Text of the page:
Recently, the Golan Heights has reappeared in the news. The strategic plateau, which Syria used to threaten the Israel’s existence and constantly harassed its communities in the Galilee, was won by Israel in the Six-Day War in 1967, a defensive war forced upon the Jewish state that ensured its survival. Israel maintained its hold on the vital area despite a massive surprise Syrian attack in the Yom Kippur War of 1973. Since that period, the Israeli side of the border has been quiet, and the U.N. Disengagement Observer Force (UNDOF) has been deployed between the two nations’ forces to observe the ceasefire.
Since the Syrian civil war started five years ago, however, the Syrian side of the Golan has been one of the major warzones between the Syrian government of Bashar al-Assad and various rebel groups, including the al-Nusra Front (an al-Qaeda affiliate) and ISIS. Supporting the Assad government is Hezbollah and the even more menacing forces of Iran, both of which have tried to build a presence on the Syrian side of the Golan from which to attack Israel in the future.
Israel has endeavored before into peacemaking with Syria, under both Bashar al-Assad and his father Hafez al-Assad, an equally brutal dictator. These efforts failed because Syria was unwilling to normalize relations with Israel or to meet Israel’s demands for secure borders.
With this as background, the Golan resurfaced as a news story, not because of any strife on the Israeli side of the plain, but rather because of the civil war in Syria. There has been a renewed international effort for a ceasefire between Assad and some of the rebel groups. Reports came out that, as part of the discussions, world powers would back Syrian claims to the territory. Once again, Israel’s neighbors turn to wanton violence, and the hammer comes down instead on Israel.
The Israeli government convened a cabinet meeting in the Golan Heights and declared that the area would remain under Israeli sovereignty forever, hardly a controversial position for the vast majority of Israelis, given the area’s history and the current political realities. The U.N. Security Council met in response, at the request of rotating members Egypt and Venezuela, and rejected this position.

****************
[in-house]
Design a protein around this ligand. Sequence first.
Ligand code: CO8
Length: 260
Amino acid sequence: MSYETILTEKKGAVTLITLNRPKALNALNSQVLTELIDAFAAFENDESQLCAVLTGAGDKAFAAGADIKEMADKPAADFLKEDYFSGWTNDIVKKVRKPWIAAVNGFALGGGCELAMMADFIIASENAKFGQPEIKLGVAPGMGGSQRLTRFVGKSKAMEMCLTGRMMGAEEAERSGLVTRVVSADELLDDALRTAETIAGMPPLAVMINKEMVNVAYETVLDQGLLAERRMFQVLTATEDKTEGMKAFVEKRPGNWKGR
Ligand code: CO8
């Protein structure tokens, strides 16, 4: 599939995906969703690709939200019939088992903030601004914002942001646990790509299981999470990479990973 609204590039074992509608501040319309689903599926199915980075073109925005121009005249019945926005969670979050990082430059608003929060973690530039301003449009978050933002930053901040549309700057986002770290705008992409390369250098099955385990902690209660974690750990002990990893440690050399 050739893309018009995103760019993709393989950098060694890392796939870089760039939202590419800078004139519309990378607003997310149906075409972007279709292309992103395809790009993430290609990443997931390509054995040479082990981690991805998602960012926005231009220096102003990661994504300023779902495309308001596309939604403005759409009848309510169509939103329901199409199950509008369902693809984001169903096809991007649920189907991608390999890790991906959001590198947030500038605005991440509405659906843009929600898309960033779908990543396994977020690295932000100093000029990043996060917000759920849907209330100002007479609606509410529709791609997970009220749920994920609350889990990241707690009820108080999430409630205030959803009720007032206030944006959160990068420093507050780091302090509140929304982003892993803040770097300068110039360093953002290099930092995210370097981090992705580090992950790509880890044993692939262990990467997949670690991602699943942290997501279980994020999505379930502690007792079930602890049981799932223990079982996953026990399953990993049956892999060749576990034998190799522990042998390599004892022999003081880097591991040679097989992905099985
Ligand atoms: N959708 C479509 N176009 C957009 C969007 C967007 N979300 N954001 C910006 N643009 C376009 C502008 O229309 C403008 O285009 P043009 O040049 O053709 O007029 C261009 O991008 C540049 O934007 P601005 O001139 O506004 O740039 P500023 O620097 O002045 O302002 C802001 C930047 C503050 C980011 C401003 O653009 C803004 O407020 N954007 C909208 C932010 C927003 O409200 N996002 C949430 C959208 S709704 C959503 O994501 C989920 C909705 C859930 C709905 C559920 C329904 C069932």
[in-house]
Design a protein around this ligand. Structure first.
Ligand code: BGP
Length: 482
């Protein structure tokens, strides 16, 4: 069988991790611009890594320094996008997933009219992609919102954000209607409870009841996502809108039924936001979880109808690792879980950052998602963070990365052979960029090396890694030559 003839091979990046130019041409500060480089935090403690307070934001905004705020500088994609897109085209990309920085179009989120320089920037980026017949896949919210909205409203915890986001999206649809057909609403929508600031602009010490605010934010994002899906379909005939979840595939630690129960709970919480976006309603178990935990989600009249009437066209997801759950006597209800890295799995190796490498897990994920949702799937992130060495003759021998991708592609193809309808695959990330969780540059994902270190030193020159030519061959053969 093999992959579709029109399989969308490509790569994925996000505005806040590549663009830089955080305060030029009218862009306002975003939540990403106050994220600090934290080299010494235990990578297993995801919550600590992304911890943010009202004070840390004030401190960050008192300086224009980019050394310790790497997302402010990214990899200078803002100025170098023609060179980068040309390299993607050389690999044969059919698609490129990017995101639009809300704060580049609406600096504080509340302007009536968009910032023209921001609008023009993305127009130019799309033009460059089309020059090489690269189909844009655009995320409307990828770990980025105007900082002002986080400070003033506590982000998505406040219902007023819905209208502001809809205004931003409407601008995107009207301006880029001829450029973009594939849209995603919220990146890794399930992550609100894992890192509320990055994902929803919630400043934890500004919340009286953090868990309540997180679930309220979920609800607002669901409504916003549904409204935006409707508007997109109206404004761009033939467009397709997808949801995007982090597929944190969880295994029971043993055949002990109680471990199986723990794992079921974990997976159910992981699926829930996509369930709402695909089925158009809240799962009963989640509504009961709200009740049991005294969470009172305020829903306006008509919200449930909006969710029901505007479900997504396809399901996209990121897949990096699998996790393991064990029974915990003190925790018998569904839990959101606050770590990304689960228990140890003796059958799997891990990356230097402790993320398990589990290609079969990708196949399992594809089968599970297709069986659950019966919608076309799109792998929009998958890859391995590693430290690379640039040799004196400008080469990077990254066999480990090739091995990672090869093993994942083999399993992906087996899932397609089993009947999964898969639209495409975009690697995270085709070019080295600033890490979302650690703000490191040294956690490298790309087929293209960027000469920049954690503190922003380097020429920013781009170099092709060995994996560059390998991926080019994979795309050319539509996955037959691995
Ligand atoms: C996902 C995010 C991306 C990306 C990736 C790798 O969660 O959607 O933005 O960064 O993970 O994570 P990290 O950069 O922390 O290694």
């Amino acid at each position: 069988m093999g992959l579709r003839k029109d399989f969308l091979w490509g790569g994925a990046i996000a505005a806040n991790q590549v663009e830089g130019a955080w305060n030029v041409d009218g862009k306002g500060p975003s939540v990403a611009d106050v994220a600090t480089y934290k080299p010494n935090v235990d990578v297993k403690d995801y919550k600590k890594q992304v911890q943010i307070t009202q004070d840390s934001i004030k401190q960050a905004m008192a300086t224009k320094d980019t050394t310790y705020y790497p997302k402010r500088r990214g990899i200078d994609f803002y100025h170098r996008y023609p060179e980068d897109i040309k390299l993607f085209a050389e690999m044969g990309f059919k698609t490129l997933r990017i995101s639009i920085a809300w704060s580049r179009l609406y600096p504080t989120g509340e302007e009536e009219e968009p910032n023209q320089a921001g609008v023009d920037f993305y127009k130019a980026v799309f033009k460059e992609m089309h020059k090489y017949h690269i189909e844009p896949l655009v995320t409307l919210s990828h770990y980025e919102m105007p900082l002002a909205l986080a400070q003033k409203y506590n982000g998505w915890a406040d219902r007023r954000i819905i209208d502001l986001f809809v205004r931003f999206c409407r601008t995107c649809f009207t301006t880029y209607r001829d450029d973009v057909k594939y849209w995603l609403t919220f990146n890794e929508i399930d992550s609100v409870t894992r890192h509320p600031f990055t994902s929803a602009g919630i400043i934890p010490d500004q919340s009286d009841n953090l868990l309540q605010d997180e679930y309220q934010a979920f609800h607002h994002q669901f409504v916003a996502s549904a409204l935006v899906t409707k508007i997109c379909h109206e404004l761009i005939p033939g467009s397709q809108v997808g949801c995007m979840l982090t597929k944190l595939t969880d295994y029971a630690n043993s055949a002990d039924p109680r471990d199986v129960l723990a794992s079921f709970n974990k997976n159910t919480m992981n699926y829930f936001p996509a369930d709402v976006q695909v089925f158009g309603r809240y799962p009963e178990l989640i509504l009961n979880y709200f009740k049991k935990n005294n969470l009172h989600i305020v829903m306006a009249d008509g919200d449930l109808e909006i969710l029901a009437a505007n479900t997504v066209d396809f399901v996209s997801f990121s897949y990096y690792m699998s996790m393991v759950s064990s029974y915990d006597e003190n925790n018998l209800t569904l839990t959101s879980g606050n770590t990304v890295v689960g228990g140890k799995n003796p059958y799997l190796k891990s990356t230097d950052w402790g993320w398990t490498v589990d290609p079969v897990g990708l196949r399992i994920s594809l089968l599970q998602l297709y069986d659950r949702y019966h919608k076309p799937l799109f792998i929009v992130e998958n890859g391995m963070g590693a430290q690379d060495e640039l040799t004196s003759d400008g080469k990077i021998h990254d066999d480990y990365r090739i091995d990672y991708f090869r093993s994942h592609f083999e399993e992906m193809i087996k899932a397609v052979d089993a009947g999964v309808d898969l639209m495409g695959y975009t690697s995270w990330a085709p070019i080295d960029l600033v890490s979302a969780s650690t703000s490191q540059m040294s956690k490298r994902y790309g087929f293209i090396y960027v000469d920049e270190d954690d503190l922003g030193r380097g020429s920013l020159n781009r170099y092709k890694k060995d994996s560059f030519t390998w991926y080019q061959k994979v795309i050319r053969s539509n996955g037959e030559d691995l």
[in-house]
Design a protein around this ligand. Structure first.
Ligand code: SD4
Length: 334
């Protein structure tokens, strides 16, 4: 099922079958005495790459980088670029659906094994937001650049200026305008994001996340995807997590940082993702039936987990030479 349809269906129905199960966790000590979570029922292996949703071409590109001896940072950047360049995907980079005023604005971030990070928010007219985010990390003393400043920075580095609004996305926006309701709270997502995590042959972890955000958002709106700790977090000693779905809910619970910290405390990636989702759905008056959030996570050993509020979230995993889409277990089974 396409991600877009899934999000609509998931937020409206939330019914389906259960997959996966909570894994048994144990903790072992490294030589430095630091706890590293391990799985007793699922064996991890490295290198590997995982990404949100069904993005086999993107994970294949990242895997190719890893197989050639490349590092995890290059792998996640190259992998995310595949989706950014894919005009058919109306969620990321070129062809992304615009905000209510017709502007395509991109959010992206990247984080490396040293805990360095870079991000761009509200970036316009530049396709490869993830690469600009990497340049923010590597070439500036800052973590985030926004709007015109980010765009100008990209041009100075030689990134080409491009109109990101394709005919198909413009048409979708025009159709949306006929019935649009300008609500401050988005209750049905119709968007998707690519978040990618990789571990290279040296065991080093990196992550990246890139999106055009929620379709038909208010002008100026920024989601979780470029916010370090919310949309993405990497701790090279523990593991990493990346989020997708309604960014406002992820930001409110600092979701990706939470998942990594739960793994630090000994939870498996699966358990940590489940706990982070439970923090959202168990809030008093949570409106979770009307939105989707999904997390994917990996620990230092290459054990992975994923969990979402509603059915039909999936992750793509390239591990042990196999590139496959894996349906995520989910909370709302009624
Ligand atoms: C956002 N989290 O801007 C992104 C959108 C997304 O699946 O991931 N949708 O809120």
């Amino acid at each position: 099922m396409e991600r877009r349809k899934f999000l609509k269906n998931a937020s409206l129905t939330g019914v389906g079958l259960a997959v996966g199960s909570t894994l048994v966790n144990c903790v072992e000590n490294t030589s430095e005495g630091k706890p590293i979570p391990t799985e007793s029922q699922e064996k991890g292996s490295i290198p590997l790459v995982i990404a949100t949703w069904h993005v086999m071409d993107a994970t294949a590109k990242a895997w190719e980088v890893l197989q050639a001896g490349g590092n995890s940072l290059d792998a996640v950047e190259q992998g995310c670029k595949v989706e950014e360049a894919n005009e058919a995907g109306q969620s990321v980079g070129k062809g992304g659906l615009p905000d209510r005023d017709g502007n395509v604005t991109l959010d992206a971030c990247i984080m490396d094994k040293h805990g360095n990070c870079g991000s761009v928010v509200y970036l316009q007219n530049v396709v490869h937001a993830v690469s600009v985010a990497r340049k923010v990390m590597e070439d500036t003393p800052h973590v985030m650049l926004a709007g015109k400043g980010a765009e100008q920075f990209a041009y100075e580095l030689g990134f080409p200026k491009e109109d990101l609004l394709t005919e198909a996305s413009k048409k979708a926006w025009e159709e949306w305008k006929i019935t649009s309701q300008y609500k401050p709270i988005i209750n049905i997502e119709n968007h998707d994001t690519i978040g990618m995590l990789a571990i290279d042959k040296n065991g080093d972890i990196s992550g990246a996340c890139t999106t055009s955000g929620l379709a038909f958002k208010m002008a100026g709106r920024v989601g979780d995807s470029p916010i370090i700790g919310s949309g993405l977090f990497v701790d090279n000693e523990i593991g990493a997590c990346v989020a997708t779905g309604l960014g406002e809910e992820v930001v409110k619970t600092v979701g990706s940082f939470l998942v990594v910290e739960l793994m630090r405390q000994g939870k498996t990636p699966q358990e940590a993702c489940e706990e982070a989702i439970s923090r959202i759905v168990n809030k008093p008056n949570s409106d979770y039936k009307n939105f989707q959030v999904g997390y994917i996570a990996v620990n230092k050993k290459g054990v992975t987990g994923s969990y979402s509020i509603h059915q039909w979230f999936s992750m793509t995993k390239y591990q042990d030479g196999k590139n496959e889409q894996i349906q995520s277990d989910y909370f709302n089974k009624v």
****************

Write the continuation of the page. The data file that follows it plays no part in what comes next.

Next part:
But whom does the Security Council believe Israel should negotiate with—now or in the future—on the final status of the Golan? The Assad government has never shown any seriousness about making peace with Israel. In any event, the Assad regime is now incredibly weak and reliant on help from Hezbollah and Iran, which are both violently committed to wiping Israel off the map. ISIS and al-Nusra also control large swaths of Syrian territory, but their malicious intentions toward Israel are no different. Syria right now is a failed state and a humanitarian catastrophe. Syria may never be a unified state again, split apart into different regions for different groups. A peace-seeking, unified Syria seems incredibly distant to imagine at this point, if not entirely impossible.
This is the cold reality that we must all face, but not the U.N., which lives in its own politicized reality. At the last U.N. Human Rights Council (HRC) session in March, two resolutions relating broadly to Syria passed—one on the ongoing Syrian catastrophe itself, and one on the Golan Heights. Thirty-one countries voted in favor of the anti-Israel resolution on the Golan; none could bring themselves to vote against it. The resolution on the human rights situation in Syria mustered only 27 votes in favor; Algeria, Bolivia, China, Cuba, Russia and Venezuela voted against it.
The U.N. General Assembly (UNGA) is even more disproportionate in its criticism of Israel on this topic. So far, during the ongoing 70th session of the UNGA, there has been one resolution on Syria, and two stand-alone resolutions solely on the Golan (it was also mentioned in numerous other anti-Israel resolutions as well, of course).
Keep in mind that Golan Heights is essentially calm (minus the occasional spillover mortar from the Syrian civil war next door) and Syria is a nightmare, where both government troops and terrorist groups have used chemical weapons and where hundreds of thousands are dead and millions are displaced. Yet, more countries felt comfortable voting to condemn Israel than those that voted to condemn Syria at the HRC, and the UNGA was not satisfied with only one resolution on the Golan while only one resolution is somehow appropriate for the roiling cauldron mere yards away.
The Golan Heights issue is a good illustration of the persistent and deep anti-Israel obsession. This is what we mean when we talk about hypocrisy at the U.N. and how it takes away from focus on dire concerns. It is no accident. Syria and other states want the U.N. to function that way so that their human rights abuses are not the main focus.
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